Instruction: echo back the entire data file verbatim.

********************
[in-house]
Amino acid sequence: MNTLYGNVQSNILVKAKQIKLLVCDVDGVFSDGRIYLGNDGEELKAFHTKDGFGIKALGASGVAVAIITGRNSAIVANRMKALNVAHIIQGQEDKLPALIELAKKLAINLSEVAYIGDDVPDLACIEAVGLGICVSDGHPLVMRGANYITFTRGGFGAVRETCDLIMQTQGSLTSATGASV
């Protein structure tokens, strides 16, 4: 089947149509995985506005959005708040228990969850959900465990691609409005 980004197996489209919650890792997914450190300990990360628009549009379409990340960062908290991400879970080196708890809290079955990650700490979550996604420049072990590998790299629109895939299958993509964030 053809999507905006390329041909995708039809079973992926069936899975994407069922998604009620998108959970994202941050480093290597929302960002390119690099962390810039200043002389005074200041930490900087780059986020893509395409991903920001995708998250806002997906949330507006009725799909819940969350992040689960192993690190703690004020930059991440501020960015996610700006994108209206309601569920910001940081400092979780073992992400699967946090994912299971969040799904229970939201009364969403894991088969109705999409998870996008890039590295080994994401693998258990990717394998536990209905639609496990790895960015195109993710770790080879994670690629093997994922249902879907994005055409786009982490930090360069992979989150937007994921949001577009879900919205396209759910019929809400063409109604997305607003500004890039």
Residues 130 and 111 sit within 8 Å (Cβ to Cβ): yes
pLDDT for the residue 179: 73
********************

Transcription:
[in-house]
Amino acid sequence: MNTLYGNVQSNILVKAKQIKLLVCDVDGVFSDGRIYLGNDGEELKAFHTKDGFGIKALGASGVAVAIITGRNSAIVANRMKALNVAHIIQGQEDKLPALIELAKKLAINLSEVAYIGDDVPDLACIEAVGLGICVSDGHPLVMRGANYITFTRGGFGAVRETCDLIMQTQGSLTSATGASV
């Protein structure tokens, strides 16, 4: 089947149509995985506005959005708040228990969850959900465990691609409005 980004197996489209919650890792997914450190300990990360628009549009379409990340960062908290991400879970080196708890809290079955990650700490979550996604420049072990590998790299629109895939299958993509964030 053809999507905006390329041909995708039809079973992926069936899975994407069922998604009620998108959970994202941050480093290597929302960002390119690099962390810039200043002389005074200041930490900087780059986020893509395409991903920001995708998250806002997906949330507006009725799909819940969350992040689960192993690190703690004020930059991440501020960015996610700006994108209206309601569920910001940081400092979780073992992400699967946090994912299971969040799904229970939201009364969403894991088969109705999409998870996008890039590295080994994401693998258990990717394998536990209905639609496990790895960015195109993710770790080879994670690629093997994922249902879907994005055409786009982490930090360069992979989150937007994921949001577009879900919205396209759910019929809400063409109604997305607003500004890039």
Residues 130 and 111 sit within 8 Å (Cβ to Cβ): yes
pLDDT for the residue 179: 73